Three out of the world’s eight bear species live in North America. These species are black bears, brown grizzly bears, and polar bears. In all three there are several key differences between males and females.
Male bears are larger than female bears. Males have rounded face shapes with small ears, while females have narrower faces and larger ears. Females urinate backward between the hindlegs and sometimes squat, while males always urinate forward.
Gender identification can be difficult in the wild, and it can be tricky unless you come across a bear followed by her cubs or urinating. However, each of the three bear species has ways to differentiate between males and females.
Head, Shoulders, and Neck
The head of a male bear is square and broad, with thick, masculine shoulders. The muscles of the bear create a valley-like structure down the forehead.
The shoulders are well-defined and much larger than the head. Male bears are much more likely to have scarring on their head and muzzle, and can often be missing parts of their ears due to fights that have occurred.
The ears of a male bear are further apart compared to females. The ears of males are also smaller and look out of place compared to the head’s massive size.
Body Shape and Legs
The testicles and sheath of the penis are highly visible on a male bear. Males urinate forward between the legs. This is one of the best ways to tell if the bear you are looking at is male or female.
Adult male bears have long legs. The front legs are solid all the way from the top to the feet, with wide ankles to support their weight. A male bear’s midsection appears bulky due to the fat reserves it needs to build up for hibernation.
Sex Organ & Urination
Head, Shoulders, and Neck
The head of the female is narrow compared to the round head size of the male bear. Female bears also have a tapered muzzle. On a male bear, the shoulders are much broader than the head, while females generally have shoulders the same width as their head.
The ears of the female are prominent on the head, compared to the male bear, who has much smaller ears.
Body Shape and Legs
A female bear’s legs are shorter and thinner in comparison to males. The front legs of the female appear to taper up to narrow shoulders. Females look stockier and closer to the ground since they have shorter legs. A female with cubs may also show a lack of hair around the armpits, as the cubs often pull it out.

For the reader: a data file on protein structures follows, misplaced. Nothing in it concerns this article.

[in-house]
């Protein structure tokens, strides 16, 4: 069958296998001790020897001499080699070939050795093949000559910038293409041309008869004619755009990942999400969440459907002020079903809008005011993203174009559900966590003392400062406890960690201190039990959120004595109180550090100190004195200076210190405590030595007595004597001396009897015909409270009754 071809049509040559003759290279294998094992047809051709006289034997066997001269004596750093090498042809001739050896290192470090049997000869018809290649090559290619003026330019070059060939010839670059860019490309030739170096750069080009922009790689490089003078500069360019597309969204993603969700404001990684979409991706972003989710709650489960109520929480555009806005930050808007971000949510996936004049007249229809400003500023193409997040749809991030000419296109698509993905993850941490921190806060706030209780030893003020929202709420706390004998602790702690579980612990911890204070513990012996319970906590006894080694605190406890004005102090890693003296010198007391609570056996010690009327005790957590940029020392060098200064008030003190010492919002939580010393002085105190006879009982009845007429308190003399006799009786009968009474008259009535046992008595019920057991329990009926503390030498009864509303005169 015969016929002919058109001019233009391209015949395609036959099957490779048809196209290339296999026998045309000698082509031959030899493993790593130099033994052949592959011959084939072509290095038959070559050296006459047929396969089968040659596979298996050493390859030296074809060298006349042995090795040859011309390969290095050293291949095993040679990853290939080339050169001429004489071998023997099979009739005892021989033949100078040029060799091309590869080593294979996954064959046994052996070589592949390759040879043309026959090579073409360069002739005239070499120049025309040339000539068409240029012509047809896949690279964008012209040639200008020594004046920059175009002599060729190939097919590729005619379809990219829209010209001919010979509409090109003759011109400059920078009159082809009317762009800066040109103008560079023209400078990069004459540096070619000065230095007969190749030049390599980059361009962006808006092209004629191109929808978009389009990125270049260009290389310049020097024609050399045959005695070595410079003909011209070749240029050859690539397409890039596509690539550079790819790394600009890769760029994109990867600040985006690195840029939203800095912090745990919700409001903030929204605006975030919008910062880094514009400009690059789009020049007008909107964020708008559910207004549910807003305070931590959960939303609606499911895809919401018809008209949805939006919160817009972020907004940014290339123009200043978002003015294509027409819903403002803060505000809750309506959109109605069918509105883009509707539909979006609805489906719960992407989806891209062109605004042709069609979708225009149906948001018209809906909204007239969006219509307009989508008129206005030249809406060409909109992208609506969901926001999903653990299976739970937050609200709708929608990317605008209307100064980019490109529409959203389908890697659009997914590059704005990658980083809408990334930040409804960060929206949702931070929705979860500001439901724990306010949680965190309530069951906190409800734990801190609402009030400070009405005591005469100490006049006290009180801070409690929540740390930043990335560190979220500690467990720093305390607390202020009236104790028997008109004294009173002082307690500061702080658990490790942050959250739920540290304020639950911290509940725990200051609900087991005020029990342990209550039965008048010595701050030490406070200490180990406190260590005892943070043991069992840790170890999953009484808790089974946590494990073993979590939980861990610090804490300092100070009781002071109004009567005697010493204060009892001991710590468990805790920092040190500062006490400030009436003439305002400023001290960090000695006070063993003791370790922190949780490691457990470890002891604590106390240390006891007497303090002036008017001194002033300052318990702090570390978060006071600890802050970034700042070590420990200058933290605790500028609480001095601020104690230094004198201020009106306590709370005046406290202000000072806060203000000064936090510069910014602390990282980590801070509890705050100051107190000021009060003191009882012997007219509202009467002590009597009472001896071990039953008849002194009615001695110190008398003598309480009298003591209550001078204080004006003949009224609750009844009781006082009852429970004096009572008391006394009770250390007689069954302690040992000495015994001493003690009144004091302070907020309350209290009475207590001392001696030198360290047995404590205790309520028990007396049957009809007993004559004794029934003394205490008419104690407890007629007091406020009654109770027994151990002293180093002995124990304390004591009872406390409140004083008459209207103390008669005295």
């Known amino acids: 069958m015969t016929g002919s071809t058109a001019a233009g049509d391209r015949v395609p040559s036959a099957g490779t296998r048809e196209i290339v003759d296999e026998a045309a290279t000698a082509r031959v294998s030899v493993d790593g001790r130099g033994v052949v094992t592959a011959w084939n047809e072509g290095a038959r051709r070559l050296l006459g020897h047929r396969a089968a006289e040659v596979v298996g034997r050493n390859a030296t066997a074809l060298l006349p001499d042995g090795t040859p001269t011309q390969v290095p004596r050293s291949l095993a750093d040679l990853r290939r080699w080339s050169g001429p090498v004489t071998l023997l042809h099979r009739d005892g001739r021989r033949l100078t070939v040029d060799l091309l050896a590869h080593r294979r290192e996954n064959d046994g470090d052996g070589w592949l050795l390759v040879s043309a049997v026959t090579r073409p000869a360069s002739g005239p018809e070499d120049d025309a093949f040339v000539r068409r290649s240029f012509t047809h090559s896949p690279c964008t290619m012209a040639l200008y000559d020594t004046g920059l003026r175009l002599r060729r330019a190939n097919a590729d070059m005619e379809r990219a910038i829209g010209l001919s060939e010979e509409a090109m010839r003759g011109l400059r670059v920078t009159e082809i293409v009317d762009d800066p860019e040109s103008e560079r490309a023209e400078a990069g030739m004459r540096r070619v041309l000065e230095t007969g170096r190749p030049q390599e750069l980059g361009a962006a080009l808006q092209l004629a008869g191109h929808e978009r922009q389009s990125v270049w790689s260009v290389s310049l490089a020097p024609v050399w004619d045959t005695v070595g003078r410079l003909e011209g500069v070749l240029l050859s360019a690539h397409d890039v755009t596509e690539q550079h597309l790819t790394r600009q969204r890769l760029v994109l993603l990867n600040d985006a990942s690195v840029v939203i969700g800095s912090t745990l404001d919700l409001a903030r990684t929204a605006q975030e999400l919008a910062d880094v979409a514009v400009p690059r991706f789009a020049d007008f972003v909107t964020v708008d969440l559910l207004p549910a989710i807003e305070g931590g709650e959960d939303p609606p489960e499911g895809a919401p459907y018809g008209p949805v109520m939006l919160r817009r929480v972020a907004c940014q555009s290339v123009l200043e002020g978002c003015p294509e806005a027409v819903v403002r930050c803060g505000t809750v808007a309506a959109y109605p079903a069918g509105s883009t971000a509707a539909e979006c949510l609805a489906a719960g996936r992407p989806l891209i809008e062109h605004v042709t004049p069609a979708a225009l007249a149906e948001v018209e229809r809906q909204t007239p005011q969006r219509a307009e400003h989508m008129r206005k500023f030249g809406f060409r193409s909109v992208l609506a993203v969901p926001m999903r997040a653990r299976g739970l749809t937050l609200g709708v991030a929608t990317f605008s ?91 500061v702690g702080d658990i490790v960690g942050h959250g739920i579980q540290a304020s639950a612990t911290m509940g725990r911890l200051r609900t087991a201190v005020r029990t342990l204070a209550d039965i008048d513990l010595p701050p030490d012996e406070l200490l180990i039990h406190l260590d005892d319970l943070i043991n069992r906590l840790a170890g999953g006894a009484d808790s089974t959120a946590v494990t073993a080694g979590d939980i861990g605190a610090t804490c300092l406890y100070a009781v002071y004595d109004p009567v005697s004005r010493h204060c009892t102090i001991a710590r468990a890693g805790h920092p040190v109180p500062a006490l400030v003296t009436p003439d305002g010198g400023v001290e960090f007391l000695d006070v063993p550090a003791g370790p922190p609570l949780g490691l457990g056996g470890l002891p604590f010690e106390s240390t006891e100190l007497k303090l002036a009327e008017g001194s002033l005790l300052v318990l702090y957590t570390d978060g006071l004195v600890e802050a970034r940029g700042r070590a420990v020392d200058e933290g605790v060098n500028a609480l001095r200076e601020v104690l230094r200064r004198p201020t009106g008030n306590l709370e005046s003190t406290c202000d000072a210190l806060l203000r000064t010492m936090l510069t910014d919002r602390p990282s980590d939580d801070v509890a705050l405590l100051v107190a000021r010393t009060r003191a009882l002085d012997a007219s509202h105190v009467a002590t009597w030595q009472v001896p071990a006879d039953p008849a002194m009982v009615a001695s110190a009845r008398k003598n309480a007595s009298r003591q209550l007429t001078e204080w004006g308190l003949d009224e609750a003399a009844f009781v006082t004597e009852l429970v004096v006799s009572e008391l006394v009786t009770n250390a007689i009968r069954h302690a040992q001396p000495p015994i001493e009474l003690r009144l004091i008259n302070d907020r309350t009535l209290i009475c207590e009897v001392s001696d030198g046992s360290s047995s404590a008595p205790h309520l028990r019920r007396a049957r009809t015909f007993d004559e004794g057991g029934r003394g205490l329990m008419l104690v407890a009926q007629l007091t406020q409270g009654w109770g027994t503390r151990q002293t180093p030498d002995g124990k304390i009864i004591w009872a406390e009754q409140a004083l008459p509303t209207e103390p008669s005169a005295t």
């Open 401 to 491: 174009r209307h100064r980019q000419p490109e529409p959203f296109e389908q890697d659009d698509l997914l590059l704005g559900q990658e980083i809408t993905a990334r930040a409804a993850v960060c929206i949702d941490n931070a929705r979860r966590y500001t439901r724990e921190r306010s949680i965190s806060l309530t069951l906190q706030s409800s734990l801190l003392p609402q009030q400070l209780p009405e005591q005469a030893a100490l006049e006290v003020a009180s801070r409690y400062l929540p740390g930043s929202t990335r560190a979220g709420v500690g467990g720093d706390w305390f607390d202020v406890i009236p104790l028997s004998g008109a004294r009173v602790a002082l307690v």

Sex Organ and Urination
A nursing bear with her cubs can easily be identified. Female bears urinate to the rear and outwards. Female bears can also be seen squatting to urinate.
Are Males Bigger Than Female Bears?
Male bears are often much larger than females. Male adult black bears weigh between 130-661 lbs, whereas females weigh 88-174 lbs. When the mating season comes in May and June, the female bear gains weight due to pregnancy, but males are often still larger.
Female bears are shorter, stockier, and leaner in stature, while males have heavily muscled shoulders, heads & necks than females. The head of the male bear is much rounder and broader when compared with females.
Are Male and Female Black Bear Faces Different?
There is a big contrast between the face shape of a male and a female bear. A female bear’s face is much more narrow, while males have a much wider head.
Male bears have smaller ears on their head. The smaller, narrower head of the female is the best way to tell the difference between the genders.
What Are The Differences Between Male and Female Grizzly Bears?
The easiest way to tell the difference between a male and a female bear is to observe how the bear urinates. If the bear’s urine comes from the back, the bear is a female. If the urine stream is underneath the torso, it is a male bear.
Another good way is to look at the sexual organ of the male bear if it is easily visible. It is, however, small in proportion to the size of their bodies.
If the grizzly bear is walking along with their cubs, this is a sign that the bear is female. Cubs stay with their mother for two to three years, after which the cubs roam on their own. They do not stay with their father.
Adult females weigh between 286-396 lbs with males weighing between 396-793 lbs. Female bears have shorter legs and are faster runners.
During the mating season between May and June, the walk of males becomes a swagger, with their legs moving further than their usual position.
If you are in an area where bears eat clams, then it is good to know that female bears are more likely to dig for clams than males.
What Are The Differences Between Male and Female Black Bears?
There are several differences between male and female black bears. The ears of female black bears are further apart and much larger than males. If the ears are large in proportion to the head, the bear is likely to be a female.
The head of the female bear is narrow, unlike males which typically have a roundish, wider head, with smaller ears. If the ears are on top of the head, rather than the side, the bear is likely female.